A Latvian four-man bobsled team competes in the World Cup on Feb. 17, 2013, at the Sanki Sliding Center near Sochi, Russia. The track, which actually ascends in three places to slow the speed of the athletes, is being used for Olympic bobsled, skeleton and luge next month.
Credit Richard Heathcote / Getty Images
Felix Loch of Germany competes in the Luge World Cup at the Sanki Sliding Center near Sochi, Russia, on Feb. 24, 2013. The track will be used in next month's Olympic Games.
With bobsled, luge and skeleton racers rocketing down a winding, ice-covered track, sled racing will be one of the most exciting events at the Winter Olympics next month in Sochi, Russia.
The first thing you have to know about sled racing is that it's a little like NASCAR: It's all about speed. And the tracks, built all over the world — including the new one in Sochi — are really different, according to Steve Holcomb, who won a gold medal in four-man bobsled four years ago.
New commercial devices, using technology borrowed from the field of neuroscience, are making it possible to control objects with brain power alone. The idea is to help train users to become more focused — and relaxed.
EEG headsets, which detect electrical activity in the brain, were once found only in research labs. Today, the technology has become cheaper and easier to use. That's made it possible to connect EEG headsets to other consumer devices.
The U.S. Supreme Court hears arguments Tuesday in an Illinois case that could drive a stake through the heart of public employee unions.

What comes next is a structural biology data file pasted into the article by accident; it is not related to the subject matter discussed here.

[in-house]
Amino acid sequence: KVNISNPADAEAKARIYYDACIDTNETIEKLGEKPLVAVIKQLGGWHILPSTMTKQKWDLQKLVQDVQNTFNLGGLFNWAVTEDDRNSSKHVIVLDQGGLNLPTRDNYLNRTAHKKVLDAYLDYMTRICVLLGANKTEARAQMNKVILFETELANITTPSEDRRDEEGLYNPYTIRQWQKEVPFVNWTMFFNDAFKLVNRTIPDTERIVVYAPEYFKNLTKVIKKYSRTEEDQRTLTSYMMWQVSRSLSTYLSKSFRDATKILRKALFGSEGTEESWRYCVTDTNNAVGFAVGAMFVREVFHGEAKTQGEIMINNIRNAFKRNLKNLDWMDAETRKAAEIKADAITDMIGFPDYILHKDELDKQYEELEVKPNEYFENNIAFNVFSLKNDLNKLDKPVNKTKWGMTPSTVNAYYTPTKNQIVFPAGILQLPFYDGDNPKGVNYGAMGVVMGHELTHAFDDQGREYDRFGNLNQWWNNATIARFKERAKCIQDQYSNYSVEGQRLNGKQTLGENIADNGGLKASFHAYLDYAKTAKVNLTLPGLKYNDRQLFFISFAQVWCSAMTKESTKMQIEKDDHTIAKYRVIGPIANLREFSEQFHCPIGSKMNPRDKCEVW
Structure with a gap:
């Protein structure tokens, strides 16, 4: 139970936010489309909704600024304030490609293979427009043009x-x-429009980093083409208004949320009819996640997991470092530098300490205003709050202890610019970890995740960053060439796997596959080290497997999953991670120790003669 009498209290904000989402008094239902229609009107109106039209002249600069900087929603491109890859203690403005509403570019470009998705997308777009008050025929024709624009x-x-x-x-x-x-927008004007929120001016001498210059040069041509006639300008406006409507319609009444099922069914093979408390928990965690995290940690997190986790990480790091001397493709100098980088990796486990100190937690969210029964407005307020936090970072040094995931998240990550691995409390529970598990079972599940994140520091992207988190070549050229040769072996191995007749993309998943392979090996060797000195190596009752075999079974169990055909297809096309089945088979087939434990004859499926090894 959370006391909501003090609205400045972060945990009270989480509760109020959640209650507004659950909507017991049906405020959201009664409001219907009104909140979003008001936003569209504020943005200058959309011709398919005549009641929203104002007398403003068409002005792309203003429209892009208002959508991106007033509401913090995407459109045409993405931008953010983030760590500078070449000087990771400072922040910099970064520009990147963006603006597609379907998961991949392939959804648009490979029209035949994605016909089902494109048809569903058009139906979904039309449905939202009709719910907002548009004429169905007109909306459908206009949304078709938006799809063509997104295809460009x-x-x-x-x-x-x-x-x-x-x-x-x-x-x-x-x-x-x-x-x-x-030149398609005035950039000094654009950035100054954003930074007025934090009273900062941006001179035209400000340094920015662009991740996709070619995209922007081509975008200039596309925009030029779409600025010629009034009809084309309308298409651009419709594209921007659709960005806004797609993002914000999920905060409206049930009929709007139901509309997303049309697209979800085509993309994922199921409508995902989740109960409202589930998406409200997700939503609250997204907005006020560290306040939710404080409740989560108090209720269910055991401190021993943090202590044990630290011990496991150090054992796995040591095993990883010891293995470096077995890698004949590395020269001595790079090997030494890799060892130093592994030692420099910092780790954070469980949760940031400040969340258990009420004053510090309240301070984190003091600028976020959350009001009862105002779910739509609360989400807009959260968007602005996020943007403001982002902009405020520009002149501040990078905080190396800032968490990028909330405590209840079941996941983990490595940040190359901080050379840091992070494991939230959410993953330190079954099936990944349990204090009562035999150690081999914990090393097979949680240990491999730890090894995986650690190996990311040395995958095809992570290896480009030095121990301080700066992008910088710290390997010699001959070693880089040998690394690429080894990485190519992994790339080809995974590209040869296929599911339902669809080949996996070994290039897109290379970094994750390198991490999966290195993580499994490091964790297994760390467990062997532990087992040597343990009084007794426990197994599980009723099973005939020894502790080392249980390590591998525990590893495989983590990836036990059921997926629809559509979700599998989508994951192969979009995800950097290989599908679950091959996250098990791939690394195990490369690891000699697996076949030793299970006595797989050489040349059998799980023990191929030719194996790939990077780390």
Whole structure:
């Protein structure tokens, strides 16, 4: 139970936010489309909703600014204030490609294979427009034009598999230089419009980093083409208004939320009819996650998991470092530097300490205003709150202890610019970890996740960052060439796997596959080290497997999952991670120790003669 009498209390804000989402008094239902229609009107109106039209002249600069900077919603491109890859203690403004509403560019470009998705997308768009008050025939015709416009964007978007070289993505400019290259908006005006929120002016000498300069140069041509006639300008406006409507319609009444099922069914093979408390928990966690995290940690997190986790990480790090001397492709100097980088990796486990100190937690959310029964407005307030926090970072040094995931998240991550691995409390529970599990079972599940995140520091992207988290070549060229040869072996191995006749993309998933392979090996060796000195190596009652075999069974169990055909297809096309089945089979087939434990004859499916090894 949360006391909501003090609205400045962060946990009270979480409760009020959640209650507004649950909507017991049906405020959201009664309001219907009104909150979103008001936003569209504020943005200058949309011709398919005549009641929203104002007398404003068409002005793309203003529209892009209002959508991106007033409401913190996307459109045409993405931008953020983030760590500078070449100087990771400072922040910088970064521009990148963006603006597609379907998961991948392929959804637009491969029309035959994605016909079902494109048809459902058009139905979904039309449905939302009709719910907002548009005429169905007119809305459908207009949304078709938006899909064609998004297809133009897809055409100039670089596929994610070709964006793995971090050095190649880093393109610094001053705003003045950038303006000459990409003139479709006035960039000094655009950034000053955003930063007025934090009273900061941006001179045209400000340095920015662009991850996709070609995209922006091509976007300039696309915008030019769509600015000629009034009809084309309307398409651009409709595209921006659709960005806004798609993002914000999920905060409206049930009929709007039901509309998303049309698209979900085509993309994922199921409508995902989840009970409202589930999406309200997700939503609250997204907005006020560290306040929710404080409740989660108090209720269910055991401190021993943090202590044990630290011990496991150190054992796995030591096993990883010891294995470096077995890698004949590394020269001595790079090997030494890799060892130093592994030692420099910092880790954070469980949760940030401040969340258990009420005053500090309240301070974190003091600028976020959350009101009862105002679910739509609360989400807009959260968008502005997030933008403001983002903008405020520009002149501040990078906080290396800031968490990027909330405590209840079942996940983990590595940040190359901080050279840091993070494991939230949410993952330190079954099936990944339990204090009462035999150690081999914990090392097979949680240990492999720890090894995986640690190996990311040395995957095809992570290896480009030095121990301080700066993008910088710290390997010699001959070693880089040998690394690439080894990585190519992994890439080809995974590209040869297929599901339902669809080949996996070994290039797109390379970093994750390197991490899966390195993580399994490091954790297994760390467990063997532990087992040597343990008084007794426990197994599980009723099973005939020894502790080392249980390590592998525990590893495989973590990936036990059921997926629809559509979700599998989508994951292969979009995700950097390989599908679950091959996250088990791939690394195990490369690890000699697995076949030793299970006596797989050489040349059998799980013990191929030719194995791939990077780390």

At issue are two questions: whether states may recognize a union to represent health care workers who care for disabled adults in their homes instead of in state institutions; and whether non-union members must pay for negotiating a contract they benefit from.
To understand why a growing number of states actually want to recognize unions to represent home health care workers, listen to Illinois Attorney General Lisa Madigan:
Originally published on Mon January 20, 2014 11:49 pm
Update at 9:02 p.m. EST. All Workers Account For:
In a press conference Monday evening Omaha Police Lt. Darci Tierney said all of the 38 workers in the building have been accounted for. Officials say two died, 10 were hospitalized and seven others were hurt but refused treatment. The remaining 19 workers escaped.
Interim Fire Chief Bernard Kanger said that one body had been recovered but did not identify the person because the family has yet to be notified.